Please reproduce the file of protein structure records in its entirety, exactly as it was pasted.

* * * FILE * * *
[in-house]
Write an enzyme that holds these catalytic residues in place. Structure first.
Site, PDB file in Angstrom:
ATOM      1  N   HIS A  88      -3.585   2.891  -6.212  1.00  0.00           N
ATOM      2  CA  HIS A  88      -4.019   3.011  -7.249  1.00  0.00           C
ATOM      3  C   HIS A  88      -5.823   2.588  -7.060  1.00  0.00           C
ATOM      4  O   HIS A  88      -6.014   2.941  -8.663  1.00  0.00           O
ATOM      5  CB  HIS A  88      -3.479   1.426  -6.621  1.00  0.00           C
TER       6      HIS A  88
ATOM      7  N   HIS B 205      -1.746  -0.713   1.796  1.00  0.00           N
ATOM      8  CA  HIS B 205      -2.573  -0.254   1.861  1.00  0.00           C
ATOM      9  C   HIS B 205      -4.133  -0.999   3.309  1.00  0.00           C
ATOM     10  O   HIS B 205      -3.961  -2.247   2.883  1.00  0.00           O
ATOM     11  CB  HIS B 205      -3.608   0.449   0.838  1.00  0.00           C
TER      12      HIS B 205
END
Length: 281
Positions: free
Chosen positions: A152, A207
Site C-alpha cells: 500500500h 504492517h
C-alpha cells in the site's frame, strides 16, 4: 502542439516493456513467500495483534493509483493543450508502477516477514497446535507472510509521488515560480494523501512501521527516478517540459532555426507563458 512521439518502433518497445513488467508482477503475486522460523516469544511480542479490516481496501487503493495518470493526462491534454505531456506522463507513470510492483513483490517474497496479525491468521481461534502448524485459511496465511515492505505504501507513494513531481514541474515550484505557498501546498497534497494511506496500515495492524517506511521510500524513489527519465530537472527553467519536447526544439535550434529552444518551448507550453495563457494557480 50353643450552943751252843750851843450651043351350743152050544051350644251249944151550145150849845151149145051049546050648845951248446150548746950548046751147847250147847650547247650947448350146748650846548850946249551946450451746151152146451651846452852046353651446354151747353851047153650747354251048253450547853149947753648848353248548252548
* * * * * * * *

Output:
[in-house]
Write an enzyme that holds these catalytic residues in place. Structure first.
Site, PDB file in Angstrom:
ATOM      1  N   HIS A  88      -3.585   2.891  -6.212  1.00  0.00           N
ATOM      2  CA  HIS A  88      -4.019   3.011  -7.249  1.00  0.00           C
ATOM      3  C   HIS A  88      -5.823   2.588  -7.060  1.00  0.00           C
ATOM      4  O   HIS A  88      -6.014   2.941  -8.663  1.00  0.00           O
ATOM      5  CB  HIS A  88      -3.479   1.426  -6.621  1.00  0.00           C
TER       6      HIS A  88
ATOM      7  N   HIS B 205      -1.746  -0.713   1.796  1.00  0.00           N
ATOM      8  CA  HIS B 205      -2.573  -0.254   1.861  1.00  0.00           C
ATOM      9  C   HIS B 205      -4.133  -0.999   3.309  1.00  0.00           C
ATOM     10  O   HIS B 205      -3.961  -2.247   2.883  1.00  0.00           O
ATOM     11  CB  HIS B 205      -3.608   0.449   0.838  1.00  0.00           C
TER      12      HIS B 205
END
Length: 281
Positions: free
Chosen positions: A152, A207
Site C-alpha cells: 500500500h 504492517h
C-alpha cells in the site's frame, strides 16, 4: 502542439516493456513467500495483534493509483493543450508502477516477514497446535507472510509521488515560480494523501512501521527516478517540459532555426507563458 512521439518502433518497445513488467508482477503475486522460523516469544511480542479490516481496501487503493495518470493526462491534454505531456506522463507513470510492483513483490517474497496479525491468521481461534502448524485459511496465511515492505505504501507513494513531481514541474515550484505557498501546498497534497494511506496500515495492524517506511521510500524513489527519465530537472527553467519536447526544439535550434529552444518551448507550453495563457494557480 50353643450552943751252843750851843450651043351350743152050544051350644251249944151550145150849845151149145051049546050648845951248446150548746950548046751147847250147847650547247650947448350146748650846548850946249551946450451746151152146451651846452852046353651446354151747353851047153650747354251048253450547853149947753648848353248548252548